This experiment is a result of quite a few e-mails that I have received over the years that I have been writing the Experiment of the Week. I hope that it will show some of the communication problems that can occur when scientists and "normal people" talk to each other.
Very few weeks go by where I do not get at least one e-mail correcting me on something that I have said in an experiment. Sometimes they are true goofs. I am just as capable of making a mistake as anyone else, but often they are the result of a difference in language. I don't mean a difference between English and Spanish or Japanese. Instead, I mean the difference between the "every day" meaning of words and the scientific meaning. Over the years, I have composed quite a list of "dirty words" that offend many scientists. To understand that, you will need:
- a glass of something you like to drink
- a drinking straw
Lets start with a really bad one. Suction! Oh, wash your mouth out with soap! With many scientists, if you talk about suction cups sticking to a window or how a new vacuum cleaner sucks up the dirt, you will be in for quite a few minutes of angry lecture. Why? Because the word is misleading if you want to know what is really happening.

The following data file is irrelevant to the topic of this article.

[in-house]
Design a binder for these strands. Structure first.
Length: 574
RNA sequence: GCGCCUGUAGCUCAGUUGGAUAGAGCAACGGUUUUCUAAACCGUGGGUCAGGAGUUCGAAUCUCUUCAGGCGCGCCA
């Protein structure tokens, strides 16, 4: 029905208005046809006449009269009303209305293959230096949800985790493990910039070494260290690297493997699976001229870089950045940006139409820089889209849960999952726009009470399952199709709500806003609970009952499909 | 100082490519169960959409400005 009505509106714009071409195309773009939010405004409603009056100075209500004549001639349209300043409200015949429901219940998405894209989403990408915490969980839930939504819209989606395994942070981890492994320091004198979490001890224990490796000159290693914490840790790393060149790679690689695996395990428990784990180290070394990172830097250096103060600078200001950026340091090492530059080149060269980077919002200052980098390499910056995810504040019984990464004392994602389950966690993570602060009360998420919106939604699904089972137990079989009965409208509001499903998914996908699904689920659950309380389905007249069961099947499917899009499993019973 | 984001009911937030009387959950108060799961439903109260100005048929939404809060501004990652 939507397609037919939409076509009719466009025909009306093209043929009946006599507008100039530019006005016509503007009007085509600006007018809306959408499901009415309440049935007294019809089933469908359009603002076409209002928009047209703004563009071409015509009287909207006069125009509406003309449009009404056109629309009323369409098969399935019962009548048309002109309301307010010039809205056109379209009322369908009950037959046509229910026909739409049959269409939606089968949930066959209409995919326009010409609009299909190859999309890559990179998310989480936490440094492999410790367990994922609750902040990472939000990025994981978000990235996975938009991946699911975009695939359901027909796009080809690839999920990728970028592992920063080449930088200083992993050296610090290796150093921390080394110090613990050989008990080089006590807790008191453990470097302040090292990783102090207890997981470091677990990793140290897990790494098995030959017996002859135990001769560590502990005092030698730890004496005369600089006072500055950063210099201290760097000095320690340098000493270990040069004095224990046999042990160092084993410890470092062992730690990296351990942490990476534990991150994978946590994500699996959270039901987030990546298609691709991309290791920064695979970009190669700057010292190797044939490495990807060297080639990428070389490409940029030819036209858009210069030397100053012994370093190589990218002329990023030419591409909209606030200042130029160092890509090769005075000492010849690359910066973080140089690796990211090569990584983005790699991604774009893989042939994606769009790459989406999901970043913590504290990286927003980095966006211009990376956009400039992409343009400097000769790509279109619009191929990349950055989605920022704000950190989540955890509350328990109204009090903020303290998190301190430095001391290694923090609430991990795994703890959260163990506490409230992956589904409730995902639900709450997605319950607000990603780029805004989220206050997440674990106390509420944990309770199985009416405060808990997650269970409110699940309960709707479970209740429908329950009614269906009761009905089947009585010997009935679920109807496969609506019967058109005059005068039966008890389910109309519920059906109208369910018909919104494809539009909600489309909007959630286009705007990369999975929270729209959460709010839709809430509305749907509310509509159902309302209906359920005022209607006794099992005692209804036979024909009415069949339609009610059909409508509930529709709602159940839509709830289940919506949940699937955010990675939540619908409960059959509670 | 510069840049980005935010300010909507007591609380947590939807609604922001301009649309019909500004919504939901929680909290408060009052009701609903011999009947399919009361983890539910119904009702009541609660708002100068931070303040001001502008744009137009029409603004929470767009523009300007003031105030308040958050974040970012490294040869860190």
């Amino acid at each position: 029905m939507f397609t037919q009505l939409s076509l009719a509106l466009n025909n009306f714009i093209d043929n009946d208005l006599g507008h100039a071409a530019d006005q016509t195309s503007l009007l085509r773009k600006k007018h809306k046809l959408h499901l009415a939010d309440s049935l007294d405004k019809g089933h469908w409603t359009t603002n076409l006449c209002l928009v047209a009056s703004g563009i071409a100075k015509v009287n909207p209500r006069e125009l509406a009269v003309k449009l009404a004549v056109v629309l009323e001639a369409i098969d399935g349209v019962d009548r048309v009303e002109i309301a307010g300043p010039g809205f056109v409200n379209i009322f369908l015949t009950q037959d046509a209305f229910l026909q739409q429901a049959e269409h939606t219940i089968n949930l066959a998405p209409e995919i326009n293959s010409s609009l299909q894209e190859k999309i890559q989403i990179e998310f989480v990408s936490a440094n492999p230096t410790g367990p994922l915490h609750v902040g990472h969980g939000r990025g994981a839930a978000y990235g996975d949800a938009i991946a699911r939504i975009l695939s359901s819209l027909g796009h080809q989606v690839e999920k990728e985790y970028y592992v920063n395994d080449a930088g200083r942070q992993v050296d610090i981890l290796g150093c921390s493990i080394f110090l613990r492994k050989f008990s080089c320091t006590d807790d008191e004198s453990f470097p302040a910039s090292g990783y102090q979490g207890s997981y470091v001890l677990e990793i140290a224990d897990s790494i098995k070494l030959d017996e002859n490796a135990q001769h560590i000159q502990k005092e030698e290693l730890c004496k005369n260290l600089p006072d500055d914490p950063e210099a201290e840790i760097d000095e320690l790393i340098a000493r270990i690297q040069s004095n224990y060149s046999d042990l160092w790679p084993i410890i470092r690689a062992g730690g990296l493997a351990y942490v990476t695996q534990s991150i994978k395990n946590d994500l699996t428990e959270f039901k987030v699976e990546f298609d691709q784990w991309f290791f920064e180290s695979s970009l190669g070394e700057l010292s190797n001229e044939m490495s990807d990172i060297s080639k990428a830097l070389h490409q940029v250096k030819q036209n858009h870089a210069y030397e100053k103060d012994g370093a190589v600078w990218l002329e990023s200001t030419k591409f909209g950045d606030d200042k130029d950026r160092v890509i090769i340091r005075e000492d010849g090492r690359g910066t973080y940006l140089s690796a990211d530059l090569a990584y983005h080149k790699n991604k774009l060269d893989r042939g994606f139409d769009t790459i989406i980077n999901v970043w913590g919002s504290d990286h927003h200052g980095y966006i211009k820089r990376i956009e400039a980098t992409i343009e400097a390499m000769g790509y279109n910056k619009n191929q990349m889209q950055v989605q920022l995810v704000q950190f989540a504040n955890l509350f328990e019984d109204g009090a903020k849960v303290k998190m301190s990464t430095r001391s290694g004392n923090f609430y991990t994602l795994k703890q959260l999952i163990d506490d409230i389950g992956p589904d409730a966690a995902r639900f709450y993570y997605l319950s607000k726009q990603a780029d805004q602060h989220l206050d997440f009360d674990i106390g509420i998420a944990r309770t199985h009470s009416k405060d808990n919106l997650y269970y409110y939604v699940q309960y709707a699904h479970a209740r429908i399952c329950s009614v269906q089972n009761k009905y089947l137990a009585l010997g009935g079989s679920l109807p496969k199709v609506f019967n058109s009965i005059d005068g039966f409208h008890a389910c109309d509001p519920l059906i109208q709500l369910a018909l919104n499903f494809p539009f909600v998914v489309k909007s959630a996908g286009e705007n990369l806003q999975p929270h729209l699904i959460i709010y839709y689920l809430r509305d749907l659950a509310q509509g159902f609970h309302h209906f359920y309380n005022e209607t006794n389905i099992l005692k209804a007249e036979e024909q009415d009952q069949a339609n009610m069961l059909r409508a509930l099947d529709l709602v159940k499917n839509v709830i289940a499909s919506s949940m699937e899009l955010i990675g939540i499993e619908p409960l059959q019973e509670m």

Put the straw into the glass and take a sip. OK, now what happened? You sucked the air out of the straw, which pulled the liquid up the straw, right? Wrong. You expanded your lungs. This allowed the air in your lungs to spread out, which meant that the air pressure in your lungs, your mouth and the straw was lowered. The air pressure outside is now greater than the pressure inside the straw. The higher outside pressure pushes the liquid up the straw. It is not pulled up by "suction."
OK, so what is the difference? Either way, you get a drink. The difference is that scientists are very concerned with knowing exactly how things work. They tend to get very unhappy with words that mislead people into reaching wrong conclusions. While a misconception about suction does not have a large impact on how you drink through a straw, in other situations, the difference can be critical. In some situations, a proper understanding of how things work can mean the difference between life and death.
Even scientists slip up now and then, using "everyday" language instead of scientific language. When that happens, we usually get a stack of emails, pointing out the error.